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  Comments (0) Total Saturday Apr. 19, 2014
 
Home for Christmas
COMMUNITY: Bigfork
Home for Christmas, like an old fashioned Andy Williams’ Christmas program. | Courtesy photo
Bigfork is a talented town and many of those talents are on display during the year at the Center for the Performing Arts. The talents range from half a notch off Broadway with the Bigfork Summer Playhouse to a variety of feel-good amateur performances throughout the year. But then there’s that occasional amateur performance that just blows away any clear distinction between amateur and professional. Last year’s Home for Christmas concert, sponsored by Crossroads Christian Fellowship, was one of those.

I spoke with Scott Moore a few days ago. Scott was the producer behind last year’s show and is in charge of the event again this year. “The vision for the show actually came from our senior Pastor, Mel Haug,” Scott told me. “He came to us a little over a year ago from a church in Tri-Cities, Washington. There he’d produced a show of similar concept. Of course he had a budget of about $80,000 and filled the coliseum with paying attendees. We, obviously, had to do something on a more modest scale.”

“Mel told me his vision and I think he was a little surprised when I understood and had some idea how to achieve it.” To those who know Scott, this would be less a surprise. Scott is currently the Worship Pastor at Crossroads, but made his living before that as a professional musician with The Bad Larrys. “The last year I was with the Larrys we did 220 performances. We were finding plenty of work, but I didn’t have time for anything else. Then this opportunity at Crossroads came along.”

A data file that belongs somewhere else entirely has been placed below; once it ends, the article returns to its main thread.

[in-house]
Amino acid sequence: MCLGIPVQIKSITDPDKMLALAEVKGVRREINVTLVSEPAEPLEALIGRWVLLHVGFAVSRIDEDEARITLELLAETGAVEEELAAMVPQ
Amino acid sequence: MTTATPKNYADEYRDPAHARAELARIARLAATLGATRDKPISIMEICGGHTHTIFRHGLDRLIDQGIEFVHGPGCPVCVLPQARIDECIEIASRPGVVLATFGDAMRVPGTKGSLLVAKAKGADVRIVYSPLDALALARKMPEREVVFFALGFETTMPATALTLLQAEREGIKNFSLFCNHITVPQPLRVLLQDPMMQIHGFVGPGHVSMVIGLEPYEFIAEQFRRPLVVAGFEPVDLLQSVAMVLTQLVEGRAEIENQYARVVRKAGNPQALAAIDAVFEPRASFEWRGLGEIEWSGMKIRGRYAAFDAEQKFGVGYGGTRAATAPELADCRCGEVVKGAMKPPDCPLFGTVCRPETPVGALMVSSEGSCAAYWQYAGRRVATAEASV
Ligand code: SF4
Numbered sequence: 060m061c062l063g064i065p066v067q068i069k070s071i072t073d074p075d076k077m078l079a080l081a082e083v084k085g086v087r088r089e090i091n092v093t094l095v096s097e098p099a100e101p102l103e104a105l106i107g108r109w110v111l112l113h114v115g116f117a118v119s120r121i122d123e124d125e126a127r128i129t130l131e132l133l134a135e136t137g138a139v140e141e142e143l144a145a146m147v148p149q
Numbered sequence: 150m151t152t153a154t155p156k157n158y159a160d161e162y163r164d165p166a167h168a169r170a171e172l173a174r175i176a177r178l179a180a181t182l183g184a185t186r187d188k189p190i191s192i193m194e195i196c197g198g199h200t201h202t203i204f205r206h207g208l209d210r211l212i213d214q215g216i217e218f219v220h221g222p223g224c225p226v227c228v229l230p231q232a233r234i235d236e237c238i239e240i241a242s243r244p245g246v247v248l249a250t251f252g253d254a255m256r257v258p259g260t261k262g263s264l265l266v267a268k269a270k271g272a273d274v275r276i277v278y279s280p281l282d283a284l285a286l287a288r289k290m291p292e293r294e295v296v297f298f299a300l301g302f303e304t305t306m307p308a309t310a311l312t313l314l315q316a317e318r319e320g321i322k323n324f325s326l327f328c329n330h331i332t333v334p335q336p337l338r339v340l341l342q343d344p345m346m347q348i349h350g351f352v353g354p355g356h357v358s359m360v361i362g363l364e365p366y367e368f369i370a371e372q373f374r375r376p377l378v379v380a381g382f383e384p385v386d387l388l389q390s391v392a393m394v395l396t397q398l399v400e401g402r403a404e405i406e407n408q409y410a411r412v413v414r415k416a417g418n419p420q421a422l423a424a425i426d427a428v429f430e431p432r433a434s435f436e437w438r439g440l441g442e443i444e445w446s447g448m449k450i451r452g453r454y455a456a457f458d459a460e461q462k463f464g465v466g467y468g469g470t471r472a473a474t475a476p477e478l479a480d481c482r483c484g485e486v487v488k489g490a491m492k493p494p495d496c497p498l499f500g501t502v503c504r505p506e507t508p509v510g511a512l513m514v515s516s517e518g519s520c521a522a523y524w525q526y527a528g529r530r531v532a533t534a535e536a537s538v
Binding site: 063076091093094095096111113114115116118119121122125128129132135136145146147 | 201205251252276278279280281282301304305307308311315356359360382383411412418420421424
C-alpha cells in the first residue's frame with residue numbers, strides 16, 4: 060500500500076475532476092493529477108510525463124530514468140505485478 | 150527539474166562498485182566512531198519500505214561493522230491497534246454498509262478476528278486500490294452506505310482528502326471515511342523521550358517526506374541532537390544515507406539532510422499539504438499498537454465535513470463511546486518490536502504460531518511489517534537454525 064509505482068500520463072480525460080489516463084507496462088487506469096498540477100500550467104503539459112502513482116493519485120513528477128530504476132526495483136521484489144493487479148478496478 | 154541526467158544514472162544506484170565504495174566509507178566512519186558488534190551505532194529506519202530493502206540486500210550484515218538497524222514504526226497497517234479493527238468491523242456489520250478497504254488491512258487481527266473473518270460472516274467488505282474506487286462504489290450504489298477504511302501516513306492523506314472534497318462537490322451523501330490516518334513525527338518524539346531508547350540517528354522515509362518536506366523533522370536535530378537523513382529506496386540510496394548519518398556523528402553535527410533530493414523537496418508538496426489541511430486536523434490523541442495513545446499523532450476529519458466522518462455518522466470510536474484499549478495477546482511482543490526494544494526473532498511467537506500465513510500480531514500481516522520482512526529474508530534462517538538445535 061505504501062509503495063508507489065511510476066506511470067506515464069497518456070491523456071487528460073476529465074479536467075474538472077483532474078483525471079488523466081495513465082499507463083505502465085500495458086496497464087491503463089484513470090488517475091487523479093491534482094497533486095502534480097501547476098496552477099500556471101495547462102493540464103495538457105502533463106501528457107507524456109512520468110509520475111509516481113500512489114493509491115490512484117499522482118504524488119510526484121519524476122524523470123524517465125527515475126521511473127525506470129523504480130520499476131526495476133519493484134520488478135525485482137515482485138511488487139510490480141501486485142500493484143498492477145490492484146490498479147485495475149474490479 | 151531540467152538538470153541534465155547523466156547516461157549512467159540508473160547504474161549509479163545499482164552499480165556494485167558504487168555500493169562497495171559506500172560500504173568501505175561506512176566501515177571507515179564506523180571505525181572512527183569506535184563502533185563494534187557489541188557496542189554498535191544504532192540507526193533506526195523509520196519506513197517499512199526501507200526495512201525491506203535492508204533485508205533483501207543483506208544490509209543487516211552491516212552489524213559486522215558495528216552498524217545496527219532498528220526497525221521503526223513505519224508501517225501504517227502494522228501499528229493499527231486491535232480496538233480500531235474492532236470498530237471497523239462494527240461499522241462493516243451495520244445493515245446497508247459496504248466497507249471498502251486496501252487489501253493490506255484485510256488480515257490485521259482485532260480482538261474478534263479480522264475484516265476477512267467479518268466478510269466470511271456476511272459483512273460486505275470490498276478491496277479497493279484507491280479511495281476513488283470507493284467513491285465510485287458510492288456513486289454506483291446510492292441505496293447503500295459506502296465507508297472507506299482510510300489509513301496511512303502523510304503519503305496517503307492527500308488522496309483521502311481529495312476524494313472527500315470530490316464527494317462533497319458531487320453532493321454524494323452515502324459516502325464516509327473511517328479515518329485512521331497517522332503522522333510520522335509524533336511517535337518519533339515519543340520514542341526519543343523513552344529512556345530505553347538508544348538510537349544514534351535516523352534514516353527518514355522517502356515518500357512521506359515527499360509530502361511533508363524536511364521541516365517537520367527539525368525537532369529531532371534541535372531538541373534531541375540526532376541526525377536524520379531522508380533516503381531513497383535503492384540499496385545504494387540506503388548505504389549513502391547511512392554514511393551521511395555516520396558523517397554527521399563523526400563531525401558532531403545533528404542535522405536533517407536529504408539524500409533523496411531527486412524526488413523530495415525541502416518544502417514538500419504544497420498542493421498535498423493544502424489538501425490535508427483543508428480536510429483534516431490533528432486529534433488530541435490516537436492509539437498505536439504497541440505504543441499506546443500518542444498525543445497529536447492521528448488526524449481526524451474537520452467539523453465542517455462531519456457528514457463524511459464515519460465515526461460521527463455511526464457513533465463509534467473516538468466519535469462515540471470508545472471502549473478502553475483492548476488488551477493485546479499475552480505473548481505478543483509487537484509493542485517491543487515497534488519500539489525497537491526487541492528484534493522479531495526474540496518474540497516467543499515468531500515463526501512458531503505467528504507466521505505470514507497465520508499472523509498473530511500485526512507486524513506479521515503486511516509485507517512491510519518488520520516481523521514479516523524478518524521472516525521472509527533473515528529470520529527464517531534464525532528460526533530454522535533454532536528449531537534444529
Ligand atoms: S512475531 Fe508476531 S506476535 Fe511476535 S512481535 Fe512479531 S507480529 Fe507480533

Scott talked about last year’s production. “When Mel suggested the concert, we took inventory of the talent we had in our congregation. We had a lot of good solo artists, but no choir experience. We wanted to do something like an Andy Williams Christmas show, which meant that we had to get these solo artists performing together. Mel pretty much gave me the responsibility to put the show together. Comparing it to Andy Williams and even the big-budget shows he’d done in Washington he gave me this advice: ‘Maybe it won’t be the best, but let’s make sure it’s our best.’ I took that to heart and after a few 100-hour weeks, occasionally sleeping at the church when I didn’t make it home, we had a show.”

This year’s show is intended to follow a similar model with a lot of the same performers. “The first half of the concert is secular with songs like ‘Baby It’s Cold Outside’ and the second half is more sacred with pieces like ‘Joy’ and ‘Oh, Holy Night.’ It’s a compact, one-hour show that’s virtually all music with no talking or script between songs. It’s a fast-paced program intended to thrill the audience and leave them wishing for more.”

I’m not a member and don’t even attend services at Crossroads, but I’ve always liked their slogan: “The perfect church for people who aren’t.” As Scott clarifies the ministry, “We’re just broken people getting together to help each other out. And the show, although sponsored by the church, isn’t intended to be a religious concert. Rather, it’s a community event. We took a donation last year, but all the money collected went to the Bigfork Food Pantry. This year the proceeds will go to Neighbors in Need, a Kalispell social services organization of last resort for the homeless and those of limited income.”

“We want to put on a show so good that people will make it a holiday tradition and feel that they have to go, year after year,” said Scott, in summary. “It’s our gift to Bigfork. We’re not preaching or recruiting. But, hey, if people see us and notice that we’re just normal folks, maybe they’ll visit us.”

Home for Christmas is scheduled for 6 p.m., Dec. 22 and 23, at the Bigfork Center for the Performing Arts. Admission is free and tickets are not required. But come early – the auditorium will fill up.
 
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